Get Your Child to Read Over Summer

Get Your Child to Read Over Summer
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As I’m planning out a summer vacation chock full of camps and family trips, I realize I need to incorporate learning time for my daughter. School gets out mid-June for us, starts up again around the first week of September. That’s an awfully long haul between focused education. So, to counter that, we are setting up our own family reading program which will be incentive based (of course!)

Many Public Libraries offer summer reading programs that can incentivize your children to read. Some programs offered registered ‘readers’ chances to win tickets, prizes and books as incentives to read books over the summer break. However, with the major library cutbacks that seem to be affecting everyone nationwide, I thought I’d mention it..but I can’t promise you have one in your area. Sorry.

Therefore, we have constructed our own program. First, have your child make a ‘wish list’. It should be the full-spectrum, from a Trip to the Moon to a new squishie eraser. In making a list, it gives kids a chance to prioritize what is important and attainable to them. Next, review the list with your child and select one to three items that are affordable and realistic for your budget. The next step is to make up a reading list for summer, and award prizes for completing a certain number of books.

While I let my daughter choose her books, I do try and steer some of the choices. Fun reading is always included, but I try to add at least one to two advanced books. These books may challenge my daughter and she may complain a bit if she doesn’t understand something, but it has proven to be a great opportunity to have an impromptu book discussion. I try and ask open-ended questions such as, “What do you think the character was feeling then?” Getting through challenging parts of a book helps maintain motivation, so make sure to help your child out if needed. No one needs to find that ‘lost book’ stuffed behind the couch months later!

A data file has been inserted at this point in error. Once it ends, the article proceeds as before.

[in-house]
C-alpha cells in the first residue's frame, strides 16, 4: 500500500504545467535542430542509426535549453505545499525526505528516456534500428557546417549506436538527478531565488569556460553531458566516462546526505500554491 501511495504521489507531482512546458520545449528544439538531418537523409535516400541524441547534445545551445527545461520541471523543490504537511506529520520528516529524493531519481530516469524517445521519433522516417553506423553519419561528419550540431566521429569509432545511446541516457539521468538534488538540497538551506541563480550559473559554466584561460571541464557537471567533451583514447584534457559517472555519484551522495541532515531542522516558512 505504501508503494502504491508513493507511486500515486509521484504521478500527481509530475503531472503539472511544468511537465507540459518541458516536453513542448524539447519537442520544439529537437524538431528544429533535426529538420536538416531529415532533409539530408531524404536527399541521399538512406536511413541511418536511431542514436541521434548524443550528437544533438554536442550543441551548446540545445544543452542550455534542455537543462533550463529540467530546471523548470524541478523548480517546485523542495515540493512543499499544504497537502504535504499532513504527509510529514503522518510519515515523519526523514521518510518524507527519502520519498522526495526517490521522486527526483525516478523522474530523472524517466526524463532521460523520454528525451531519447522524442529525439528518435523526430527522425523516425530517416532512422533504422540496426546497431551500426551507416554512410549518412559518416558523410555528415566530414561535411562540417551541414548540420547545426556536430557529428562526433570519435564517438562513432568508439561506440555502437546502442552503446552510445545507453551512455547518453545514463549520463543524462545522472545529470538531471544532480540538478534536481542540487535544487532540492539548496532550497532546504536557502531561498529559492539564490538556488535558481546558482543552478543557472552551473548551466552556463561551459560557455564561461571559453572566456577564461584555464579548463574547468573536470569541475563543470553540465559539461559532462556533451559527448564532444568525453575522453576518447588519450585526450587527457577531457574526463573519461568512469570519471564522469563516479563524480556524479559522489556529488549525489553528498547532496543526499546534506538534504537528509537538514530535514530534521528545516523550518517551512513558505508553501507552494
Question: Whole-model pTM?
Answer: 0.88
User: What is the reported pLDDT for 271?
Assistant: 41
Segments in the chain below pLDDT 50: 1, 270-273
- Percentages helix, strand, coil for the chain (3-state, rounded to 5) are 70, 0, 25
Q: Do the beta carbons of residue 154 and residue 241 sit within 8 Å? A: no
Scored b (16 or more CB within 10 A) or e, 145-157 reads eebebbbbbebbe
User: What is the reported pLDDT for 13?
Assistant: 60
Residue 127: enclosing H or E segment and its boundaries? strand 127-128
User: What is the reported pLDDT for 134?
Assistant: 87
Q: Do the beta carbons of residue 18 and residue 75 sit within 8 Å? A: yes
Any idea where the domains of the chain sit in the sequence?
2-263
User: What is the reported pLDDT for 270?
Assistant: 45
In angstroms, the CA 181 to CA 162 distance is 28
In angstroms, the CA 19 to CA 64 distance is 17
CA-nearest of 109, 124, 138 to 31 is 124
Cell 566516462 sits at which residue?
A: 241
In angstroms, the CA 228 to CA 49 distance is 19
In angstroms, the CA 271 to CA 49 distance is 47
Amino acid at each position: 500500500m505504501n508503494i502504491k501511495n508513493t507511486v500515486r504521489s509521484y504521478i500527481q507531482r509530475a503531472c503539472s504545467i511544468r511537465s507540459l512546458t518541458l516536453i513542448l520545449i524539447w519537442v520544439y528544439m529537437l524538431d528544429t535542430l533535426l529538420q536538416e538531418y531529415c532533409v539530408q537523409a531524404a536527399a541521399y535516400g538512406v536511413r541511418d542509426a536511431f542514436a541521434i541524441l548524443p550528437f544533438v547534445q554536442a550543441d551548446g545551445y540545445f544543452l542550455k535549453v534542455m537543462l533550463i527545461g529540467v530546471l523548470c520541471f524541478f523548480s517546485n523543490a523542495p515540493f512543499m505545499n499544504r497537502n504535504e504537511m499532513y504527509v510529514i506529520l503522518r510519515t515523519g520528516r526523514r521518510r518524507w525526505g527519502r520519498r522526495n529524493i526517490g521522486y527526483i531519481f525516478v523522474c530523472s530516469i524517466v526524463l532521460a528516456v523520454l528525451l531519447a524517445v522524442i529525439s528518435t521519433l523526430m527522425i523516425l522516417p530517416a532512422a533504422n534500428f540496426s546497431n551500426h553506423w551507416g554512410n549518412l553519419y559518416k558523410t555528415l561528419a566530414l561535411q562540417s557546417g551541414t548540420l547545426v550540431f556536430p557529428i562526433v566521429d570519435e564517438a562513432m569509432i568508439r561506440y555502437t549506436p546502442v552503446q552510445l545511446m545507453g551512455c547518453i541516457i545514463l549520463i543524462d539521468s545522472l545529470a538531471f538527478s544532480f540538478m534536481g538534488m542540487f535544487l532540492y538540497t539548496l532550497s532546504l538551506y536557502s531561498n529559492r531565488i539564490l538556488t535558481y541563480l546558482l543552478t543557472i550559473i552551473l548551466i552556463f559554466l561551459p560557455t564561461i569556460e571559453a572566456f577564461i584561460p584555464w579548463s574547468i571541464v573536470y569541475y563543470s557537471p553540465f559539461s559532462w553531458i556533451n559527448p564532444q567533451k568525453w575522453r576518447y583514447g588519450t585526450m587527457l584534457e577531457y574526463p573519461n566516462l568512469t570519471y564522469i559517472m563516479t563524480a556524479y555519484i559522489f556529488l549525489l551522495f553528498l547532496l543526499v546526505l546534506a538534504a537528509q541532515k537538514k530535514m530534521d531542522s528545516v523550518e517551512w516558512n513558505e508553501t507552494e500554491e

Another way to get my child to read books that she thinks she is not interested in, is to tell her that she will most likely be reading that in class next year. Yeah, it’s sneaky but always works. The thought of getting a jump on things entices her. She will get through the book, and so far no post-reading complains!

Most children will often forget about the incentive prizes as they get lost in the books, and just enjoy reading as an activity. However, try and follow up on that reward. It will be a fun surprise, and is fun to get while doing some back to school shopping.

After a hard day of play or camp, offer your child a snack outside, and a comfy chair to sit in. One of my most favorite activities as a child was to sit in the backyard and listen to birds and the wind rustle through the trees as I read a magazine or book.

Spread the joy of reading with your kids – it’s easy and fun!


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